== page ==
Pain freedom 2 hours post dose was reported by 33.0% of those taking rizatriptan (using 5 faces on a scale ranging from very bad to no head pain) compared with 24.2% of those taking placebo (odds ratio [OR] for rizatriptan, 1.52; 95% confidence Interval [CI], 1.10-2.10; P = .010).

In younger patients (6 to 11 years of age), the OR for pain freedom in those taking the drug was 1.41 (95% CI, 0.77-2.60; P = .269), and for the 12 to 17-year age group, it was1.55 (95% CI, 1.06-2.26; P = .025).

The drug was generally well tolerated, the authors report. The most common events with rizatriptan treatment were somnolence, nausea, fatigue, and dizziness, but these did not occur more often than with placebo. Children in the 6 to 11-year age group did not report more adverse events than those 12 to 17 years of age.

Long-Term Safety, Tolerability

Dr. Pearlman also presented results of a long-term safety and tolerability trial in older children, which showed that the drug had a consistent treatment effect over time. The open-label study included 606 children from 12 to 17 years of age. Here again, heavier patients got the 10-mg rizatriptan dose (n = 583), and lighter patients (usually the younger children) received the 5-mg dose (n = 23).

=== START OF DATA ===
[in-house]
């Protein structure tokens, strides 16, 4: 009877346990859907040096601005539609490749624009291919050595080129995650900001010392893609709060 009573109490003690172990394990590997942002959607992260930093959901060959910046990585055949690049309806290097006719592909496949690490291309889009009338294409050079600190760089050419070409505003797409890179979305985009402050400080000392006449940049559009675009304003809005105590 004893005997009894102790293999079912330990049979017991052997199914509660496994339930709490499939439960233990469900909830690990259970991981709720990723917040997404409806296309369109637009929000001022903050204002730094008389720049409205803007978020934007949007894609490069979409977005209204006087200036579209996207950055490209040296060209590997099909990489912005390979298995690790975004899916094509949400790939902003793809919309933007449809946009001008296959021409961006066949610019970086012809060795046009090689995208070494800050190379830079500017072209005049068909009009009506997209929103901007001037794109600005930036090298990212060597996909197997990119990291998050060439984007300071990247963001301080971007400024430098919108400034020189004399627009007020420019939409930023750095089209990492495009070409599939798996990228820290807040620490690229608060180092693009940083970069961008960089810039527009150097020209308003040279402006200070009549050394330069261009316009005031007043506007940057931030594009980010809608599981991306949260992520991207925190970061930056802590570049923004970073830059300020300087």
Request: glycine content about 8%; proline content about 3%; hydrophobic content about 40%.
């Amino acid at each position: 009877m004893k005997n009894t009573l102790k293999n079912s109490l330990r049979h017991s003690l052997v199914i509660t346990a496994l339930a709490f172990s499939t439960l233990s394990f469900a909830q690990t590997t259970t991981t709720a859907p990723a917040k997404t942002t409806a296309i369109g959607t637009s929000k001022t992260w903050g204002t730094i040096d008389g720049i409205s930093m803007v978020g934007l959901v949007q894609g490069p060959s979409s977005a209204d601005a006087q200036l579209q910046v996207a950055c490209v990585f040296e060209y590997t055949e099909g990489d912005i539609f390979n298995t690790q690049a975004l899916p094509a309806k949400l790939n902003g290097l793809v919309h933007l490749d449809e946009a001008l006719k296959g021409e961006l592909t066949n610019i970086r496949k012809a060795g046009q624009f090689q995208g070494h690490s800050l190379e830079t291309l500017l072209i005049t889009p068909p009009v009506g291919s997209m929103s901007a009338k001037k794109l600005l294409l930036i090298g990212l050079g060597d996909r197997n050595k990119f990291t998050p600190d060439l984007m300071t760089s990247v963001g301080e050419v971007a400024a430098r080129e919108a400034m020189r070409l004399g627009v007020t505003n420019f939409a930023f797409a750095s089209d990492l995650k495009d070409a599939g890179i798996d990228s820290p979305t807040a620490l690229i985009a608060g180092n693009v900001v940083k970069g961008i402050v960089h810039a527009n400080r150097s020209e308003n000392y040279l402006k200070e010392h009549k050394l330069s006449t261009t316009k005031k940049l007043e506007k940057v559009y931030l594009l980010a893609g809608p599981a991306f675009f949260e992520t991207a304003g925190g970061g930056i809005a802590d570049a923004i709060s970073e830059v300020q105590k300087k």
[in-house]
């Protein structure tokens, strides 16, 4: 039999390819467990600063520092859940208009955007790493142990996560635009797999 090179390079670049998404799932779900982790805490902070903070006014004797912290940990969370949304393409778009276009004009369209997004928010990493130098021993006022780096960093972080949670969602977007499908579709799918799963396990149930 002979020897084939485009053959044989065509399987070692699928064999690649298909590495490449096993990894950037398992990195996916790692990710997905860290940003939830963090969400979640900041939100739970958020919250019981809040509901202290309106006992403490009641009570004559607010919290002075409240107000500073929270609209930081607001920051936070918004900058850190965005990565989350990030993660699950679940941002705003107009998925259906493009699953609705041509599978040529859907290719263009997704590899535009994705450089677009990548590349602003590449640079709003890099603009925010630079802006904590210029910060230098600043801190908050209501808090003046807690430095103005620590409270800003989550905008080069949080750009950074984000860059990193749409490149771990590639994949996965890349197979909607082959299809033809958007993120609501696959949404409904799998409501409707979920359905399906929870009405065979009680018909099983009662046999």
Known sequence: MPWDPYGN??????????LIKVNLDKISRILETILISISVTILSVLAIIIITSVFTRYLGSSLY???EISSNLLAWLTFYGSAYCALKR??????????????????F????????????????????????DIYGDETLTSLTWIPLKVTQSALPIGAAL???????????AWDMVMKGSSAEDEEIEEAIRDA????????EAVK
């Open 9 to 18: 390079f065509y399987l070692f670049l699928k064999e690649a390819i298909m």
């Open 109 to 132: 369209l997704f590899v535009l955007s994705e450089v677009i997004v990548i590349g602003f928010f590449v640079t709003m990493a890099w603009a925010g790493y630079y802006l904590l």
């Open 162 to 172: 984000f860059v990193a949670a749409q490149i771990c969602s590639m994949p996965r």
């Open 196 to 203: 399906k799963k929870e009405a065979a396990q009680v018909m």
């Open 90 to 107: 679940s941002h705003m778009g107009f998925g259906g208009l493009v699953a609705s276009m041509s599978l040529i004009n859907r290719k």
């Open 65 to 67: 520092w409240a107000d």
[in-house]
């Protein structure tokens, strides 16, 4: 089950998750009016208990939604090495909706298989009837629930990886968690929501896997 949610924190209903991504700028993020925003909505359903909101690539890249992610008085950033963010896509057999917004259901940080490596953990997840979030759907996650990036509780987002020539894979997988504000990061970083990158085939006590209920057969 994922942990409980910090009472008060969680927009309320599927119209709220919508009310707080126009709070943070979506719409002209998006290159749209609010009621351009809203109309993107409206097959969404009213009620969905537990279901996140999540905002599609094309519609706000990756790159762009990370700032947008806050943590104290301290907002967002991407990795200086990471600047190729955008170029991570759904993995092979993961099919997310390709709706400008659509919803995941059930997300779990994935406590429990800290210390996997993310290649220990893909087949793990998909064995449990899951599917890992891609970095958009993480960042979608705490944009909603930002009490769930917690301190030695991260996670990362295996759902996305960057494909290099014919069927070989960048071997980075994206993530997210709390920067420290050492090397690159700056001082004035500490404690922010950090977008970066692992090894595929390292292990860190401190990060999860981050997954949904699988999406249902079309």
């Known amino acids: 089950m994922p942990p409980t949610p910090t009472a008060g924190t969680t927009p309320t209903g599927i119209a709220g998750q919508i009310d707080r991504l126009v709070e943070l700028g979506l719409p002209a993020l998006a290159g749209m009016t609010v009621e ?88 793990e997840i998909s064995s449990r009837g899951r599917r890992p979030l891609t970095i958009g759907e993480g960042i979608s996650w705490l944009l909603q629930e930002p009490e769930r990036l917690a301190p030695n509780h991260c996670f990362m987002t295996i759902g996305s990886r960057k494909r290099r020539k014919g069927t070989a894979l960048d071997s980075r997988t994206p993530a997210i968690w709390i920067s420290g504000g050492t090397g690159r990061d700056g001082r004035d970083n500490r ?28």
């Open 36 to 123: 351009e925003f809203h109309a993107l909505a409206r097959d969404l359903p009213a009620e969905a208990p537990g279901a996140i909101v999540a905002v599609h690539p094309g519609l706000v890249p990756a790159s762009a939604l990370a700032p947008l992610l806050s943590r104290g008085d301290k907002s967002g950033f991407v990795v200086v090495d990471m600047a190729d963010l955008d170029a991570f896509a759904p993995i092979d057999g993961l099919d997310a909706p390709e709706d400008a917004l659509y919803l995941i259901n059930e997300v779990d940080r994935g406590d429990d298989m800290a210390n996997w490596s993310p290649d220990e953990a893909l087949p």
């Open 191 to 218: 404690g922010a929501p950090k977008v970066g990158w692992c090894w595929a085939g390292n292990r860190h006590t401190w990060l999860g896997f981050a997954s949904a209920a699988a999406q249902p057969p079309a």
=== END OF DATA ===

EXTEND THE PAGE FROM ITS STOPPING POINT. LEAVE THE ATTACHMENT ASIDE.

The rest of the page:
Participants could treat up to 8 migraine attacks per month for up to 12 months — with 1 dose allowed in a 24-hour period. They used a diary to record headache severity and adverse events.

The mean study duration was 292 days, and the mean number of drug doses taken was 20.

Results showed that within 14 days of taking any dose, 66.0% had any adverse event, 2.3% discontinued owing to adverse events, 2.6% had a serious adverse event, and 23.4% had a triptan-related adverse event. Use of more than 1 dose within 24 hours was considered an overdose, and an adverse event associated with an overdose was automatically classified as serious.

The mean percentage of patient attacks with pain freedom at 2 hours post dose was 46.3%. This was relatively consistent over 12 months.

Guidance in Dosing

For Heidi K. Blume, MD, assistant professor of pediatric neurology, at the University of Washington, Seattle, this research offers some confirmation of widely held beliefs among child neurologists that triptan drugs are safe for most older children and adolescents. "The studies also offer guidance for appropriate dosing of these medications for children," she said

"Triptans are often effective treatments for children with acute migraine when over-the-counter medications like ibuprofen, acetaminophen, and naproxen are not effective alone," said Dr. Blume. "FDA approval of rizatriptan will also offer more support for insurance coverage for use for acute management of migraine in kids older than 6, and will also offer some peace of mind for patients and families who are advised to use rizatriptan."

The studies were funded by Merck Sharp & Dohme Corp. Dr. Pearlman has received consulting fees from Merck Sharp & Dohme Corp.

American Headache Society 54th Annual Scientific Meeting: Abstract 011. Poster 31.